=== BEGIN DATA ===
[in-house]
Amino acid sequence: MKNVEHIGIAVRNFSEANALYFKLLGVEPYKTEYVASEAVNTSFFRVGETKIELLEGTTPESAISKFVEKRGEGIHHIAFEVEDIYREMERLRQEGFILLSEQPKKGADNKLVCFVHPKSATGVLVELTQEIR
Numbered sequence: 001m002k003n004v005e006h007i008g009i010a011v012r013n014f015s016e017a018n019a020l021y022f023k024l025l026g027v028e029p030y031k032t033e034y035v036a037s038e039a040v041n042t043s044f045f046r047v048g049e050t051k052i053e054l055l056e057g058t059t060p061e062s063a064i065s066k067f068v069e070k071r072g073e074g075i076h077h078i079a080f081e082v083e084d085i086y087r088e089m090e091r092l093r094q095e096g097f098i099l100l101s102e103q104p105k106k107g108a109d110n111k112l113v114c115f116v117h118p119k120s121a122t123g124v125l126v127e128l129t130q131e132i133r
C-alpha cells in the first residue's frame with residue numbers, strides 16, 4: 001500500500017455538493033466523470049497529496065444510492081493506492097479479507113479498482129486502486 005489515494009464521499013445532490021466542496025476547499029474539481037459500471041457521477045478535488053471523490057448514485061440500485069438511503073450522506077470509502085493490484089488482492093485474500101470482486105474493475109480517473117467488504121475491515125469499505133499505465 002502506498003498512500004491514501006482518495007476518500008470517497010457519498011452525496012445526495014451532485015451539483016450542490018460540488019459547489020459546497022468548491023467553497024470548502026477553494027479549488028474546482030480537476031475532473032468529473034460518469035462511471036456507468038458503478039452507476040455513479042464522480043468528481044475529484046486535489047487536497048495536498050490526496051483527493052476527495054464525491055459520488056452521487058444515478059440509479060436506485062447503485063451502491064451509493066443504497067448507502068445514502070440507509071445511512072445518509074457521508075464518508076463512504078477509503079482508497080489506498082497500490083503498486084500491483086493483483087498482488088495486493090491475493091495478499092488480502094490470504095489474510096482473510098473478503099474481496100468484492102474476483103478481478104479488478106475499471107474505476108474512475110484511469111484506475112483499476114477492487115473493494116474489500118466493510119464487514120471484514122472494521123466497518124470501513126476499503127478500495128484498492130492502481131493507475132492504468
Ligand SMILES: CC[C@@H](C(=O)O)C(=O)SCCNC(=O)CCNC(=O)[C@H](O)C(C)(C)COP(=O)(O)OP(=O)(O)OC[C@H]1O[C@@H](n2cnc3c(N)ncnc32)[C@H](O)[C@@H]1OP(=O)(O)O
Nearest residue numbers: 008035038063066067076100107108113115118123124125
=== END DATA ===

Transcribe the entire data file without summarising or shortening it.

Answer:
[in-house]
Amino acid sequence: MKNVEHIGIAVRNFSEANALYFKLLGVEPYKTEYVASEAVNTSFFRVGETKIELLEGTTPESAISKFVEKRGEGIHHIAFEVEDIYREMERLRQEGFILLSEQPKKGADNKLVCFVHPKSATGVLVELTQEIR
Numbered sequence: 001m002k003n004v005e006h007i008g009i010a011v012r013n014f015s016e017a018n019a020l021y022f023k024l025l026g027v028e029p030y031k032t033e034y035v036a037s038e039a040v041n042t043s044f045f046r047v048g049e050t051k052i053e054l055l056e057g058t059t060p061e062s063a064i065s066k067f068v069e070k071r072g073e074g075i076h077h078i079a080f081e082v083e084d085i086y087r088e089m090e091r092l093r094q095e096g097f098i099l100l101s102e103q104p105k106k107g108a109d110n111k112l113v114c115f116v117h118p119k120s121a122t123g124v125l126v127e128l129t130q131e132i133r
C-alpha cells in the first residue's frame with residue numbers, strides 16, 4: 001500500500017455538493033466523470049497529496065444510492081493506492097479479507113479498482129486502486 005489515494009464521499013445532490021466542496025476547499029474539481037459500471041457521477045478535488053471523490057448514485061440500485069438511503073450522506077470509502085493490484089488482492093485474500101470482486105474493475109480517473117467488504121475491515125469499505133499505465 002502506498003498512500004491514501006482518495007476518500008470517497010457519498011452525496012445526495014451532485015451539483016450542490018460540488019459547489020459546497022468548491023467553497024470548502026477553494027479549488028474546482030480537476031475532473032468529473034460518469035462511471036456507468038458503478039452507476040455513479042464522480043468528481044475529484046486535489047487536497048495536498050490526496051483527493052476527495054464525491055459520488056452521487058444515478059440509479060436506485062447503485063451502491064451509493066443504497067448507502068445514502070440507509071445511512072445518509074457521508075464518508076463512504078477509503079482508497080489506498082497500490083503498486084500491483086493483483087498482488088495486493090491475493091495478499092488480502094490470504095489474510096482473510098473478503099474481496100468484492102474476483103478481478104479488478106475499471107474505476108474512475110484511469111484506475112483499476114477492487115473493494116474489500118466493510119464487514120471484514122472494521123466497518124470501513126476499503127478500495128484498492130492502481131493507475132492504468
Ligand SMILES: CC[C@@H](C(=O)O)C(=O)SCCNC(=O)CCNC(=O)[C@H](O)C(C)(C)COP(=O)(O)OP(=O)(O)OC[C@H]1O[C@@H](n2cnc3c(N)ncnc32)[C@H](O)[C@@H]1OP(=O)(O)O
Nearest residue numbers: 008035038063066067076100107108113115118123124125